The treatment of Palestinians in Israeli prisons is hardly ever reported. The number of Palestinian political prisoners per capita is the highest in the world. More than 9,000 Palestinians are imprisoned by Israel (4,000 without trial). Amnesty International and numerous human rights organizations list torture in Israeli prisons as a major concern.

The right of return for millions of Palestinian refugees, the unequal allocation of water resources, the concrete wall of separation built on Palestinian land are among the myriad of crucial but unexplored news stories.

The media’s tone deafness to the Palestinian condition has contributed to Americans’ support of policies that are contradictory to their interests. Uncritical U.S. support for Israel has fueled anti-Americanism and radicalism throughout the Middle East. What is best for Israel has not always been best for the United States.

American government officials and media rarely ask whether Israel is strategically important to the United States as was once believed during the Cold War years. Close scrutiny suggests it is not.

Gen. David Petraeus, while head of the U.S. Central Command, told the Senate Armed Services Committee in March 2010, “The enduring hostilities between Israel and some of its neighbors present distinct challenges to our ability to advance our interests in the AOR (Area of Operations). …

“The conflict foments anti-­American sentiment, due to a perception of U.S. favoritism for Israel. Arab anger over the Palestinian question limits the strength and depth of U.S. partnerships with governments and peoples in the AOR. …”

The Anti-Defamation League was so alarmed by the general’s testimony that it issued a statement condemning it.

News organizations must be held accountable for their lack of skepticism and reliance on officially constructed realities. Journalism functions best when it questions and challenges power.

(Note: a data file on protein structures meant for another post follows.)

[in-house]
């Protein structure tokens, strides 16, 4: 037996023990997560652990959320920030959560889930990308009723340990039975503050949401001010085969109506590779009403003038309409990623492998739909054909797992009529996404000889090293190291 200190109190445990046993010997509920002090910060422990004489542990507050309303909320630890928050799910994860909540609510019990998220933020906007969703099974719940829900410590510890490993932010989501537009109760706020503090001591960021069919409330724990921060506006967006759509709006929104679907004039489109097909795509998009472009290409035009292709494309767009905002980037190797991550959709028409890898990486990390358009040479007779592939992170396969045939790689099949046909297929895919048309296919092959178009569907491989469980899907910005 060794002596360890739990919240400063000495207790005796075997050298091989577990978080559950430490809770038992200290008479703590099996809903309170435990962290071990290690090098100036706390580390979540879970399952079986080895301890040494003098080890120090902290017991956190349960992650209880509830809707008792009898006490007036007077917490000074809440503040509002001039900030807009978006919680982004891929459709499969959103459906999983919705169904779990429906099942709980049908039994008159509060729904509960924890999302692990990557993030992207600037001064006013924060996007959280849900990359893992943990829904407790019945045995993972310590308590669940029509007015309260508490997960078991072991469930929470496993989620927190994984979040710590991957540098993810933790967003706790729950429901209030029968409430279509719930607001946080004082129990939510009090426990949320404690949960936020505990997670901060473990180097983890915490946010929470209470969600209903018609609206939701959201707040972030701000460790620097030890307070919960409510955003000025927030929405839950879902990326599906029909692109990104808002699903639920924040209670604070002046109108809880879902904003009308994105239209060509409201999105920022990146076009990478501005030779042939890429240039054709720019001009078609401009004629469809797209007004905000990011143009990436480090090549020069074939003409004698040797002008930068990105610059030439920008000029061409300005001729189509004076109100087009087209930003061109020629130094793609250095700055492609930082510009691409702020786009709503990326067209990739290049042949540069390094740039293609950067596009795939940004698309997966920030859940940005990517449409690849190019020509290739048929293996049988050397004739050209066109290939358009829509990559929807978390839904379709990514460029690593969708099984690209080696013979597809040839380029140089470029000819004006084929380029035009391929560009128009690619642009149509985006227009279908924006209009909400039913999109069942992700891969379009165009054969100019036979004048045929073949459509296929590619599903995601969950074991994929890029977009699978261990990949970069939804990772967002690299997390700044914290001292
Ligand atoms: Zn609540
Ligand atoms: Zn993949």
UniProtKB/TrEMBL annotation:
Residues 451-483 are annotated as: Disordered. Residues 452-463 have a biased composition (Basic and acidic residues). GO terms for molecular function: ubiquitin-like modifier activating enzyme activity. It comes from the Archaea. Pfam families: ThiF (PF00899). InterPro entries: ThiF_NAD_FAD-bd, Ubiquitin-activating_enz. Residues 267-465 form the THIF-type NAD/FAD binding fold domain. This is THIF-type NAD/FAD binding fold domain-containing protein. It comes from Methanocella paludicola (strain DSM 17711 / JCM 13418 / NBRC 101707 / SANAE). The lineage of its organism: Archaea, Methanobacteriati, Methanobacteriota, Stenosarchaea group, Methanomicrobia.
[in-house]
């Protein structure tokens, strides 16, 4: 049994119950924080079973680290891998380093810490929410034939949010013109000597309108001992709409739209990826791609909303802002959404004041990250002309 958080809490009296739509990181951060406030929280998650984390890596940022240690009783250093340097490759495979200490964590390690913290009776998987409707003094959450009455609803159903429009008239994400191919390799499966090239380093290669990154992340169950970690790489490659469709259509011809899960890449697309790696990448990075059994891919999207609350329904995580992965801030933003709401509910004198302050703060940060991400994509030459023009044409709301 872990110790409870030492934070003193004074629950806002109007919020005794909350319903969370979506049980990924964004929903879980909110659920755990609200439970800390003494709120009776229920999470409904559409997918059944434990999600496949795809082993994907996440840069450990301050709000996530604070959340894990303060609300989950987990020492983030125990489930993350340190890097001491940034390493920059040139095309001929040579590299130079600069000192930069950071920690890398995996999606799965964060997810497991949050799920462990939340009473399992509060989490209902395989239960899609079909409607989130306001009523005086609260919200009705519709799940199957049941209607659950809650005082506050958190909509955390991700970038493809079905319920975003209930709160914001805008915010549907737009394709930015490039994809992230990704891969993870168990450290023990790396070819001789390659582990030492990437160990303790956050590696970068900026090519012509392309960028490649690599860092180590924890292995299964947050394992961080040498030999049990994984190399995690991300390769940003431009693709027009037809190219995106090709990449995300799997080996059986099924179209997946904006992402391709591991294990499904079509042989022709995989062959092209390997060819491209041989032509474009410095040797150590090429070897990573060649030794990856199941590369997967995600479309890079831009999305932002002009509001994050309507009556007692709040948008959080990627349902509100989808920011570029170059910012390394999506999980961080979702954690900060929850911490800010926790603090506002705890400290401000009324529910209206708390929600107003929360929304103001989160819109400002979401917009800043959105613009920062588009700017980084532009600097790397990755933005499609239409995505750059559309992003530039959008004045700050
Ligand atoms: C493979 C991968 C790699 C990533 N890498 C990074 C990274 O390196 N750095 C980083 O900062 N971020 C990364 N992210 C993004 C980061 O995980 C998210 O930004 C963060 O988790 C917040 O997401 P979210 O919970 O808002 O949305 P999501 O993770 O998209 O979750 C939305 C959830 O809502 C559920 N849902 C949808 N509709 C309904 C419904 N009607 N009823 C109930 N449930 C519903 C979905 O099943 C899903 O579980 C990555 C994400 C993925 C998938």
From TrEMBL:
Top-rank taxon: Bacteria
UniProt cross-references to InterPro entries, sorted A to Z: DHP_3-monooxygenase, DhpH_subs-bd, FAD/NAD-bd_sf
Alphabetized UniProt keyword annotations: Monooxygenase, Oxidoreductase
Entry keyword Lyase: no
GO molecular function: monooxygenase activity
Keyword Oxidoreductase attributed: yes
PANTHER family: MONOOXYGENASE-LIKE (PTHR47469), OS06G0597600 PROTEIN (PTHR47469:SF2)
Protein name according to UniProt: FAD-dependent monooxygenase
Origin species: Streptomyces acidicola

American politicians and journalists must wake up to the fact that the strife in the Middle East is rooted in the Western and Israeli colonial and imperialist policies of the past and present. Unless acknowledged and reversed, anti-American sentiment and the tumult will continue unabated.

The urgency to speak up and to witness the corrosive reality of the occupation of Palestine and to address its ethical dimensions is greater than ever.

Inside and outside of Israel, neutrality and silence in the face of injustice is not an option.

M. Reza Behnam, Ph.D.,  a scholar specializing in the politics and cultures of the Middle East, is the author of  the award-winning book, “Cultural Foundations of Iranian Politics.” 

August 3, 2017 Posted by | Deception, Ethnic Cleansing, Racism, Zionism, Mainstream Media, Warmongering, Timeless or most popular | , , , | 2 Comments

Egypt to bear cost of Alexandria Synagogue renovation

Eliyahu Hanavi Synagogue
MEMO | August 3, 2017

Egypt’s Antiquities Ministry on Thursday announced plans to carry out extensive renovations of a synagogue in Alexandria — despite the fact that, under Egyptian law, the local Jewish community should bear the cost of such restorations.